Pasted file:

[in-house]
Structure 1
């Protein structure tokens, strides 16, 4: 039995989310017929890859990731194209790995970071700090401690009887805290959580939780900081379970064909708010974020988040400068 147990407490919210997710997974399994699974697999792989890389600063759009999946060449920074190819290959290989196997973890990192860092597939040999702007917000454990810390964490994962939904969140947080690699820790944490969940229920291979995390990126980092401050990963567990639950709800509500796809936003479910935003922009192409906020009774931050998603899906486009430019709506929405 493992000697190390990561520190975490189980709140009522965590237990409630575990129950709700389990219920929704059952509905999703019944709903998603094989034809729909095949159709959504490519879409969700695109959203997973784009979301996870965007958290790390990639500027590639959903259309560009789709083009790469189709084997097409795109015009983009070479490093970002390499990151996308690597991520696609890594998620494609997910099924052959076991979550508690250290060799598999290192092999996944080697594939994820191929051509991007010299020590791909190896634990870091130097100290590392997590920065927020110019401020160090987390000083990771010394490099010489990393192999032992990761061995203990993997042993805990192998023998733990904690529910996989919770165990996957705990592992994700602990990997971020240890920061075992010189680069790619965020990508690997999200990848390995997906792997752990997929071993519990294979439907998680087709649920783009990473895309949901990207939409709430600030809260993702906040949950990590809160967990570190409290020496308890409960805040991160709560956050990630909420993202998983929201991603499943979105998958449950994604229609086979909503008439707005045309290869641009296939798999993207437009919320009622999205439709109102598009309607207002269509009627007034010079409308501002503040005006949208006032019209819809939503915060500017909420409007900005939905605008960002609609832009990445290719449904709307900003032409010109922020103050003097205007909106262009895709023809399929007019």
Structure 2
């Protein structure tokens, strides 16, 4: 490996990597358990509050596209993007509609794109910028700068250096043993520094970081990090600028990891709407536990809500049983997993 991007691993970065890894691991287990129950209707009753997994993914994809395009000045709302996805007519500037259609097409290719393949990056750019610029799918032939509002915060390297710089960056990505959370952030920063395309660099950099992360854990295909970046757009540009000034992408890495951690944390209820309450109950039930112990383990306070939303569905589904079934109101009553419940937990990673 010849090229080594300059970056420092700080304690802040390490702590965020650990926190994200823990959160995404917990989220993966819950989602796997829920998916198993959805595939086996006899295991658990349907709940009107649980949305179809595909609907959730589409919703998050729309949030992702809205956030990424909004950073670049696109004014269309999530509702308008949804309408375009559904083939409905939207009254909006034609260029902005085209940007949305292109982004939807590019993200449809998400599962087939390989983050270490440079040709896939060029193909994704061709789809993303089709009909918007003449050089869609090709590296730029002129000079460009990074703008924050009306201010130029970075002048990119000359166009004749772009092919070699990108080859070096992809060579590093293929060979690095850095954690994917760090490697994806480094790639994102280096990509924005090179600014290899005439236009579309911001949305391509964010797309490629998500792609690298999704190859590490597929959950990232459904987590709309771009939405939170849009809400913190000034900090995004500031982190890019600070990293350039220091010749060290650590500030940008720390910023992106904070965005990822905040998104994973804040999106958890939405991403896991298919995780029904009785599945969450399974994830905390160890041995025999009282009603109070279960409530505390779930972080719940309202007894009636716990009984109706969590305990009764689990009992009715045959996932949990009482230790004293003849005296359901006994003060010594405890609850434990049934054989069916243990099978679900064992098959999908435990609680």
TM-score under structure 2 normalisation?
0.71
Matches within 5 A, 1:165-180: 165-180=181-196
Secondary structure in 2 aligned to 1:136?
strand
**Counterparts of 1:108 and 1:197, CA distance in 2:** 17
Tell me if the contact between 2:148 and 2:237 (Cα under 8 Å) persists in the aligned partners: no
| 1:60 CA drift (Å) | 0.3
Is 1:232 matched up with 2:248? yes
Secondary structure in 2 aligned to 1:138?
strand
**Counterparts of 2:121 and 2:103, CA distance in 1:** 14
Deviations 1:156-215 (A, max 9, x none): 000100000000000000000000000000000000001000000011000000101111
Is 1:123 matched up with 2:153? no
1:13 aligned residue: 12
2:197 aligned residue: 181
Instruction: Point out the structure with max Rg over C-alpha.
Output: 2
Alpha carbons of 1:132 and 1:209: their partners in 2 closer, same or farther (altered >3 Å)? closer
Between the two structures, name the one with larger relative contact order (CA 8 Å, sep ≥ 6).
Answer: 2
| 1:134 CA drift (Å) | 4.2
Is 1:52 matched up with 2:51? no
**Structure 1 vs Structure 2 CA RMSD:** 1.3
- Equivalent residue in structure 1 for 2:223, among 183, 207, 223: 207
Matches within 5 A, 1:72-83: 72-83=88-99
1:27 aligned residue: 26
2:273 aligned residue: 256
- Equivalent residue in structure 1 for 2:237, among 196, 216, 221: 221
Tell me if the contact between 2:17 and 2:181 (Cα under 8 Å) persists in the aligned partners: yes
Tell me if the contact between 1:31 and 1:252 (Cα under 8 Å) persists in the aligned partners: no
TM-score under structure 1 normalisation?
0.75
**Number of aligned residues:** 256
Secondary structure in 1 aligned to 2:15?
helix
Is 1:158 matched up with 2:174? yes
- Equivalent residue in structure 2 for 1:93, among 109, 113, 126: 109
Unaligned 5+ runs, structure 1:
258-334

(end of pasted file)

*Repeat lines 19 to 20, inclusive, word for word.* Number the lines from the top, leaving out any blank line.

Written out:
Is 1:123 matched up with 2:153? no
1:13 aligned residue: 12